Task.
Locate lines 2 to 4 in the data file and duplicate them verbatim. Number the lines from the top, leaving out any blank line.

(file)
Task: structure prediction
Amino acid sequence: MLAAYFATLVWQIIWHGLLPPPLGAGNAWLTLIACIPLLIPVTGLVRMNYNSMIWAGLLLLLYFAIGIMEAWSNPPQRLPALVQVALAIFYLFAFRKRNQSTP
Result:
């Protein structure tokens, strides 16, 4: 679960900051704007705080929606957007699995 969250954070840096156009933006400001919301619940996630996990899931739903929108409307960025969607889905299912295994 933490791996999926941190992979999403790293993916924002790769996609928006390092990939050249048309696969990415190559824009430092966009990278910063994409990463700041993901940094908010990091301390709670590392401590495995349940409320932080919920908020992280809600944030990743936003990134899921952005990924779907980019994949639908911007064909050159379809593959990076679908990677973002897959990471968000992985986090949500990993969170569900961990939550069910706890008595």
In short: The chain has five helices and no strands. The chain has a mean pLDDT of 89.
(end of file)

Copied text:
Amino acid sequence: MLAAYFATLVWQIIWHGLLPPPLGAGNAWLTLIACIPLLIPVTGLVRMNYNSMIWAGLLLLLYFAIGIMEAWSNPPQRLPALVQVALAIFYLFAFRKRNQSTP
Result:
């Protein structure tokens, strides 16, 4: 679960900051704007705080929606957007699995 969250954070840096156009933006400001919301619940996630996990899931739903929108409307960025969607889905299912295994 933490791996999926941190992979999403790293993916924002790769996609928006390092990939050249048309696969990415190559824009430092966009990278910063994409990463700041993901940094908010990091301390709670590392401590495995349940409320932080919920908020992280809600944030990743936003990134899921952005990924779907980019994949639908911007064909050159379809593959990076679908990677973002897959990471968000992985986090949500990993969170569900961990939550069910706890008595």